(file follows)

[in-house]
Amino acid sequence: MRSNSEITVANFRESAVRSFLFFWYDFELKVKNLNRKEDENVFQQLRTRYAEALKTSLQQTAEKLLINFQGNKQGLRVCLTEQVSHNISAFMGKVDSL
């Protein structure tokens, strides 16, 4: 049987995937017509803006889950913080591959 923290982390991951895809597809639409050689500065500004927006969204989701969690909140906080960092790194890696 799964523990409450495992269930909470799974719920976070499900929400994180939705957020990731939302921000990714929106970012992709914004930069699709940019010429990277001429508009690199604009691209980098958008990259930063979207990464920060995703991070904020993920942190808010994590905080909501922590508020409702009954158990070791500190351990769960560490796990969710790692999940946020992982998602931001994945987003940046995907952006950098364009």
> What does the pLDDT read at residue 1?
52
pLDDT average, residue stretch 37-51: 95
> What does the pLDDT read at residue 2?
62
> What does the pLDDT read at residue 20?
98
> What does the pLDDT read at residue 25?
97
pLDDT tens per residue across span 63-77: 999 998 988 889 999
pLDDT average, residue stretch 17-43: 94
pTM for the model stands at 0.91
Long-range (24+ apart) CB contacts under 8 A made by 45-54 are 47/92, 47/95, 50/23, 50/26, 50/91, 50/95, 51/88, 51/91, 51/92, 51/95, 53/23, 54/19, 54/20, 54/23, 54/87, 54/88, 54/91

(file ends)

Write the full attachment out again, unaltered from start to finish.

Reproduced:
[in-house]
Amino acid sequence: MRSNSEITVANFRESAVRSFLFFWYDFELKVKNLNRKEDENVFQQLRTRYAEALKTSLQQTAEKLLINFQGNKQGLRVCLTEQVSHNISAFMGKVDSL
């Protein structure tokens, strides 16, 4: 049987995937017509803006889950913080591959 923290982390991951895809597809639409050689500065500004927006969204989701969690909140906080960092790194890696 799964523990409450495992269930909470799974719920976070499900929400994180939705957020990731939302921000990714929106970012992709914004930069699709940019010429990277001429508009690199604009691209980098958008990259930063979207990464920060995703991070904020993920942190808010994590905080909501922590508020409702009954158990070791500190351990769960560490796990969710790692999940946020992982998602931001994945987003940046995907952006950098364009």
> What does the pLDDT read at residue 1?
52
pLDDT average, residue stretch 37-51: 95
> What does the pLDDT read at residue 2?
62
> What does the pLDDT read at residue 20?
98
> What does the pLDDT read at residue 25?
97
pLDDT tens per residue across span 63-77: 999 998 988 889 999
pLDDT average, residue stretch 17-43: 94
pTM for the model stands at 0.91
Long-range (24+ apart) CB contacts under 8 A made by 45-54 are 47/92, 47/95, 50/23, 50/26, 50/91, 50/95, 51/88, 51/91, 51/92, 51/95, 53/23, 54/19, 54/20, 54/23, 54/87, 54/88, 54/91